Inauguration of the Uranium Pavilion at the National Museum, a symbol of the long-standing partnership between AREVA and the state of Niger
May 30, 2016
After 30 years of existence, the Uranium Pavilion located within Niamey’s Boubou Hama National Museum was renovated in April and inaugurated on Monday May 30 2016, under the distinguished patronage of Assoumana Mallam ISSA, Minister of the Cultural Renaissance, the Arts and Social Modernization, and Olivier Wantz, Deputy General Manager in charge of AREVA’s Mines-Front End Business Group.
More than a hundred personalities, members of the government and of the diplomatic community, directors of mining companies and technical departments in charge of Mining, managers of the Boubou Hama National Museum and partners of the state of Niger came together to discover the fully renovated Pavilion.
"With this new pavilion, we can see the face of a uranium industry building on its past, deeply anchored in the present and looking towards the future. I am glad that younger visitors to the Boubou Hama National Museum can, with this new Pavilion, discover the passion of our industry, the opportunities that it offers and the quality of the industrial partnership, historic, robust and long-lasting, between Niger and AREVA. They will perhaps be able to take away with them a desire to become the miners of tomorrow and go on building the future of the mining industry in Niger and throughout the world", emphasized Olivier Wantz.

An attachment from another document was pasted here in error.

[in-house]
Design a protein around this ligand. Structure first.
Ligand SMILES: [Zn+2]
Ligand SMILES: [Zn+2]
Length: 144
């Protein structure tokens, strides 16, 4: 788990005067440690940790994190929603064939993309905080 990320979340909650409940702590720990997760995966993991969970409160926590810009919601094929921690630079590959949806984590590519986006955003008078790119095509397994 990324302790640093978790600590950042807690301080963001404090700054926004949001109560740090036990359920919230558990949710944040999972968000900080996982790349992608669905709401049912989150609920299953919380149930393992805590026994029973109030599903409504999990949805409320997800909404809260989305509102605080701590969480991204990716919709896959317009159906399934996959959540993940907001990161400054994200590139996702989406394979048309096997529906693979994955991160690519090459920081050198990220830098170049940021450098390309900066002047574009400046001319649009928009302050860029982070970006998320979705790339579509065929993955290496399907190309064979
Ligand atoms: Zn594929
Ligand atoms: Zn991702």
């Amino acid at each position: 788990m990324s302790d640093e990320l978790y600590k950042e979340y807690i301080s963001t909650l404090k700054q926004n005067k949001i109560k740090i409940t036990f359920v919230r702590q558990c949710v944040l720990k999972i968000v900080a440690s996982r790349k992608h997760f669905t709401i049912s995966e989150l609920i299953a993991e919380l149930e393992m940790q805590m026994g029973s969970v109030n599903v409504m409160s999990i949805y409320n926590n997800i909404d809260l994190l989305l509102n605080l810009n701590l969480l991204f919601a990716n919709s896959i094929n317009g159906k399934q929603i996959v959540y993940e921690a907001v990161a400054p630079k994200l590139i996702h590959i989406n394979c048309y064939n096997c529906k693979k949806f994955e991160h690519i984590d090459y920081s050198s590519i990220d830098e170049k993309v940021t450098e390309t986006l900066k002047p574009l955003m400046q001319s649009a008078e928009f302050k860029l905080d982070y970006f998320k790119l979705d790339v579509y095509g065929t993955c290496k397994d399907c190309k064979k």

For Assoumana Mallam ISSA, the Pavilion dedicated to uranium "reinforces the many initiatives of the authorities to make culture in general and the cultural heritage in particular a powerful development lever. I extend to you my warmest thanks for having illuminated with your presence this reception ceremony of the Pavilion dedicated to uranium, which will mark the history of Niger and the Boubou Hama National Museum".
The Pavilion was renovated as part of the National Museum’s drive to explain and transmit to the largest possible number of visitors - about 200,000 visitors per year – the huge wealth of Niger’s heritage, its ethnographic collections, its remarkable archeological remains but also its industrial know-how, including uranium mines. Visitors will be able to see what mines actually look like today, discover the changes in production technologies, the advances and progress made in safety and environment friendliness and become acquainted with the men and women living through and around the mines, forming a truly dynamic social framework.